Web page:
MPs urge Government to dock executive pay for cyber attacks

Chief executive who fail to prevent cyber security breaches should meanwhile have a portion of their pay docked, the Culture Media and Sport Select Committee added as it published the results on an inquiry into the cyber attack that plunged the broadband operator TalkTalk into crisis last year, reports The Telegraph.

Britain’s status as the leading internet economy in the G20 is under threat from a combination of increasing reliance on digital infrastructure, and inadequate protection of it, according to the report.

Its recommendations were announced as Baroness Harding, TalkTalk’s chief executive, saw her performance bonus slashed by more than a third to £220,000 as a result of the company’s security failings. She donated all of the cash to a charity, Ambitious About Autism.

Lady Harding’s overall remuneration nevertheless almost tripled to £2.8m, despite a year in which TalkTalk’s share price fell by 31pc. The company said the steep increase reflected the vesting of shares awarded under a three-year Long-Term Incentive Plan (LTIP).

A spokesman said: “The Remuneration Committee reviewed the LTIP award in the light of the cyber attack, but as the company significantly outperformed the target set over the period, it was an accurate reflection of 2012-2015 performance.”

Jesse Norman, chairman of the culture committee, said: “TalkTalk responded quickly and well to this attack, but appear to have been much less effective in the past, failing to learn from repeated breaches of different kinds.”

He called on TalkTalk to publish an internal investigation of the incident in October carried out by PwC to give customers more information about what went wrong and how it is being addressed.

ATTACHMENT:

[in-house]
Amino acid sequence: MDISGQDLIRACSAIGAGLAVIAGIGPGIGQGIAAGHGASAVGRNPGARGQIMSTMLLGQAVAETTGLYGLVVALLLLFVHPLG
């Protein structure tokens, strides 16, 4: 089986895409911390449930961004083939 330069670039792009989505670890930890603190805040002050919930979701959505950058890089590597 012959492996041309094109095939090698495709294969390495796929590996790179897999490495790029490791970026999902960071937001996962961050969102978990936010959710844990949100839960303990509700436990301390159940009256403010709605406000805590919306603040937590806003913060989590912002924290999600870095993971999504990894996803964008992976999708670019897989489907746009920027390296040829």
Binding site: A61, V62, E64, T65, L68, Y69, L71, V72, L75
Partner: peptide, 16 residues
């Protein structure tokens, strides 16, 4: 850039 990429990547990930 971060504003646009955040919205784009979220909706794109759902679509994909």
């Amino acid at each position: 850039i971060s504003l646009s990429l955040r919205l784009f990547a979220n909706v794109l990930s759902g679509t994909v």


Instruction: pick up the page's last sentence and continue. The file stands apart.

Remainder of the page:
TalkTalk, Britain’s fourth-largest broadband provider with four million customers, discovered a breach of security on its website that it described as a “significant and sustained cyber attack”. It received a ransom demand for the data from online criminals and warned all customers that their personal information was at risk. Arrests followed and the case remains under investigation by police.

The culture committee said the attack was a “wake-up call” to companies, which should ensure digital security is on chief executives’ agenda by linking it to pay. Large organisations should also employ an executive with full day-to-day responsibility for securing IT systems, the MPs said.

Mr Norman said: “Companies must have robust strategies and processes in place, backed by adequate resources and clear lines of accountability, to stay one step ahead in a sophisticated and rapidly evolving environment.

“Failure to prepare for or learn from cyber-attacks, and failure to inform and protect consumers, must draw sanctions serious enough to act as a real incentive and deterrent.”

He called on the Government to enact dormant laws that would see those who buy and sell stolen data jailed for up to two years. Currently criminal hackers can be imprisoned, but those who trade their stolen goods in online black markets may face only a fine.

The Information Commissioner’s Office, responsible for enforcing data protection legislation, should also introduce a system of escalating fines that punish companies that fail to prevent the most common forms of cyber attack, the select committee said.